More FY 2011 Funding for Energy Efficiency Means More Jobs, More $$ Savings for American Consumers, Businesses, Says Alliance | Alliance to Save Energy

More FY 2011 Funding for Energy Efficiency Means More Jobs, More $$ Savings for American Consumers, Businesses, Says Alliance

Release Date: Monday, February 1, 2010

Washington, D.C., February 1, 2010 – The Alliance to Save Energy today commended President Obama for recognizing in his proposed FY 2011 budget the importance of well-funded federal energy efficiency programs in moving the nation towards economic health.

“The administration’s FY 2011 budget request evidences that President Obama remains steadfast in his march to quickly and widely deploy energy efficiency, even as he has proposed to scale back or end many other programs across the federal government to address mounting deficits,” said Alliance President Kateri Callahan. “We are encouraged that the president and his team recognize that significant and sustained federal funding for energy efficiency is particularly important in today’s economy, because such investments have a proven track record of strong returns for the nation in the form of new jobs, increased private sector investment and lower monthly energy costs for consumers and businesses alike.”

The budget request includes a $31 million boost -- to $231 million -- to the U.S. Department of Energy’s (DOE) Building Technologies Program, which supports building energy codes, equipment standards, energy efficient commercial buildings and a variety of research and development programs. In addition, increases are requested for the important work underway through the DOE Industrial Technologies Program, which helps U.S. manufacturers reduce energy costs and maintain global competitiveness; the Federal Energy Management Program (FEMP), which oversees implementation of a presidential executive order mandating energy savings in federal facilities; and DOE’s portion of the ENERGY STAR Program.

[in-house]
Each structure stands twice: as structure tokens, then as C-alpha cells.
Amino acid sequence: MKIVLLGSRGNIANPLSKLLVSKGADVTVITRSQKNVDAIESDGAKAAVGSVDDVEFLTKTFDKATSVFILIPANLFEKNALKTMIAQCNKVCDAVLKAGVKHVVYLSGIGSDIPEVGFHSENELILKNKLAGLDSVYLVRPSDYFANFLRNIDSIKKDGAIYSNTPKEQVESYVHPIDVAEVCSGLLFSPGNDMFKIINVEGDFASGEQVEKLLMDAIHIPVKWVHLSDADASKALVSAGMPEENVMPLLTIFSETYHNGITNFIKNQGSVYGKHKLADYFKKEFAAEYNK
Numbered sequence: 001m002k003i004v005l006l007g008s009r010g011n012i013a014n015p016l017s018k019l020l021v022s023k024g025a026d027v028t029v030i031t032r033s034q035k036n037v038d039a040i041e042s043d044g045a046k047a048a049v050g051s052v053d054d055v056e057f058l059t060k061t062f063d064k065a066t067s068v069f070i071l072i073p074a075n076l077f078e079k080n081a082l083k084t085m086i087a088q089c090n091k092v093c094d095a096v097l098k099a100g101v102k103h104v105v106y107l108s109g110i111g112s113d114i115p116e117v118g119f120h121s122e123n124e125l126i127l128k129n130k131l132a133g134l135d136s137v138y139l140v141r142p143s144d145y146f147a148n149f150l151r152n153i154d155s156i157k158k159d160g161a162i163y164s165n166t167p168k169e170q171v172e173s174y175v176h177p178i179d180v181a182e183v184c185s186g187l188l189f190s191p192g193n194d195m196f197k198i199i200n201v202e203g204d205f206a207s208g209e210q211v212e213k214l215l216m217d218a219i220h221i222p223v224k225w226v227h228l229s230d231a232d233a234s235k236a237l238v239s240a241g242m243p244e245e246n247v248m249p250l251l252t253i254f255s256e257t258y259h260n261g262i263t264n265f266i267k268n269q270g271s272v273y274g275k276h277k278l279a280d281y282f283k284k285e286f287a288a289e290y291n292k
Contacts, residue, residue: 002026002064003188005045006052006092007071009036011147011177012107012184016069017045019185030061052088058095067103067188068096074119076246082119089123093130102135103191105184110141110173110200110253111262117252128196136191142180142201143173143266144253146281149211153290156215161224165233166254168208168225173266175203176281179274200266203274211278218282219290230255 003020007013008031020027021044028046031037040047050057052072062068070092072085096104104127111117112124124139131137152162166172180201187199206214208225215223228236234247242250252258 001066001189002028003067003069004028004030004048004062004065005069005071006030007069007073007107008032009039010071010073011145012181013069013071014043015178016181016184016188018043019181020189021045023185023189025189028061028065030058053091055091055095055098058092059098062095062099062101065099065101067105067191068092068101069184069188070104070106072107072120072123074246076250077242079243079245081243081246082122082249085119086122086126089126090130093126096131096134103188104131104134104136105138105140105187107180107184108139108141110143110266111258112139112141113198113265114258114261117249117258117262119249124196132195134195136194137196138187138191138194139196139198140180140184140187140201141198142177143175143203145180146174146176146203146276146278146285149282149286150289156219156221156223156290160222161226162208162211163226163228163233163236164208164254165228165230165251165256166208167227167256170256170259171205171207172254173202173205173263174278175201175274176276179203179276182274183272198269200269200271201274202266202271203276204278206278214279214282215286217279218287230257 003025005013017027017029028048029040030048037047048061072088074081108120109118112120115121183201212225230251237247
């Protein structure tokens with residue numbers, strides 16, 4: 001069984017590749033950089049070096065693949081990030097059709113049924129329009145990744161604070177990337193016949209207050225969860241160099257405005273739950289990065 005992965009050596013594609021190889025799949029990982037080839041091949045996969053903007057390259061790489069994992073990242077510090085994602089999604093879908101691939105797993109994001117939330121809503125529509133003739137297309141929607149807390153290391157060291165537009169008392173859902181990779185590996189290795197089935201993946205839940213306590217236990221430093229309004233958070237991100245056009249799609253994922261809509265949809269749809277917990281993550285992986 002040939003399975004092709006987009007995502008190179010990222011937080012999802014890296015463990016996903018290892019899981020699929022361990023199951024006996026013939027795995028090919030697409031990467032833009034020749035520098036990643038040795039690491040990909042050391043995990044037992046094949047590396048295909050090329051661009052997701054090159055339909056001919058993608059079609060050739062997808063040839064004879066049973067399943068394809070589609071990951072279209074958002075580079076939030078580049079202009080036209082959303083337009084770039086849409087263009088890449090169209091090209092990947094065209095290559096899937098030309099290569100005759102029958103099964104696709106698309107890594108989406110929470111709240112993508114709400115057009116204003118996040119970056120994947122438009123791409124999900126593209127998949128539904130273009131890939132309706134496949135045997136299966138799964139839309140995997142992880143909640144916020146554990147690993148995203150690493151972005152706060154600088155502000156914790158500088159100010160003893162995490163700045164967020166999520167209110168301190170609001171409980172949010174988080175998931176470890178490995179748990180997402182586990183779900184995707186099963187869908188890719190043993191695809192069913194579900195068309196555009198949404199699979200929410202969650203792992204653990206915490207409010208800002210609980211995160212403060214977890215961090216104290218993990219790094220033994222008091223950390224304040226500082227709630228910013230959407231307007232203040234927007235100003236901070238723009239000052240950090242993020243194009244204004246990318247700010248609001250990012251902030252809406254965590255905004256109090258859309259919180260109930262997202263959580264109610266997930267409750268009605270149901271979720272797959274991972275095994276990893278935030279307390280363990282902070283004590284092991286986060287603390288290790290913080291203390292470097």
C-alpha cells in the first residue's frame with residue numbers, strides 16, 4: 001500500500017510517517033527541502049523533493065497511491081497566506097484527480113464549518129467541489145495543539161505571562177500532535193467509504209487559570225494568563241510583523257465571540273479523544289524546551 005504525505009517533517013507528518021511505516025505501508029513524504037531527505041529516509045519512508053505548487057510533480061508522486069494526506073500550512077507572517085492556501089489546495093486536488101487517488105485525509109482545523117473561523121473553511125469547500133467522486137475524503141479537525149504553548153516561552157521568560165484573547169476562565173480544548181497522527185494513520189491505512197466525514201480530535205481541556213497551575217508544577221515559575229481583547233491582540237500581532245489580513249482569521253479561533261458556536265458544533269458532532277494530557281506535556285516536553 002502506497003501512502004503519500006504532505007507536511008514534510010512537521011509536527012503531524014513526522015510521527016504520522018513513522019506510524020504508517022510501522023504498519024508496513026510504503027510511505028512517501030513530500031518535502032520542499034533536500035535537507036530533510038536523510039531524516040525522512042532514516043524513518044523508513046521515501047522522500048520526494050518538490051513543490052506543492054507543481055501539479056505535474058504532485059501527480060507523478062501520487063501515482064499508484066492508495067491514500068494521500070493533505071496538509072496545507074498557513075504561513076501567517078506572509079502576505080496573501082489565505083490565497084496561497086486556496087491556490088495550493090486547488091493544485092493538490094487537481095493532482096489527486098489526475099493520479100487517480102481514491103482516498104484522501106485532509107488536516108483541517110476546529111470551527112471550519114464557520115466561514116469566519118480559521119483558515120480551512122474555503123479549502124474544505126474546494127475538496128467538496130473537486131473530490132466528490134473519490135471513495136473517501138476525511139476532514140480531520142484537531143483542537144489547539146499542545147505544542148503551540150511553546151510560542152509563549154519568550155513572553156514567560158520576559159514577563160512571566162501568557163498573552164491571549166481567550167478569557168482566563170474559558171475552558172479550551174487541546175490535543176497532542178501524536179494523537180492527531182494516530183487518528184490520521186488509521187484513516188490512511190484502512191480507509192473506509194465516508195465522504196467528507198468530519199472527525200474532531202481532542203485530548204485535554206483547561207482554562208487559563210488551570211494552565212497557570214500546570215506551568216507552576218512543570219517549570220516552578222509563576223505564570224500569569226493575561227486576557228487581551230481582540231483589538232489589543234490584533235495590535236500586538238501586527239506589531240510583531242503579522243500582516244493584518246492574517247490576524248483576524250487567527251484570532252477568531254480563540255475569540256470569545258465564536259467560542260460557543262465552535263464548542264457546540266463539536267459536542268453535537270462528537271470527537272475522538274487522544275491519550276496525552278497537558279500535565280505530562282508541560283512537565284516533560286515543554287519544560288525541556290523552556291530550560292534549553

“We applaud the modest increases requested for these key programs in an overall DOE energy efficiency budget that is essentially flat – which is a testament to how essential these programs are, even at a time of federal budget constraint,” Callahan said, adding: “We are disappointed, however, that the proposed increase to the EPA ENERGY STAR Program – an essential tool for helping to drive energy efficient products, services and buildings into the marketplace – received a far too modest increase of only about 5 percent, to $55.4 million.”

The Alliance to Save Energy will urge the Congress to appropriate significantly more funding to the EPA ENERGY STAR program than has been requested, and, as well, will advocate to ensure that Congress provides at least the levels of funding recommended by the administration, if not more, for the DOE energy efficiency-related programs.

Within the overall $2.35 billion DOE budget request for energy efficiency programs in FY 2011 (about $1.5 million above this year’s funding), the president requested the following amounts for these key programs:

  • Building Technologies – $231 million, $31 million over FY10;
  • Industrial Technologies – $100 million, $4 million over FY10;
  • FEMP – $42 million, $10 million over FY10;
  • Vehicle Technologies – $325 million, $14 million over FY10.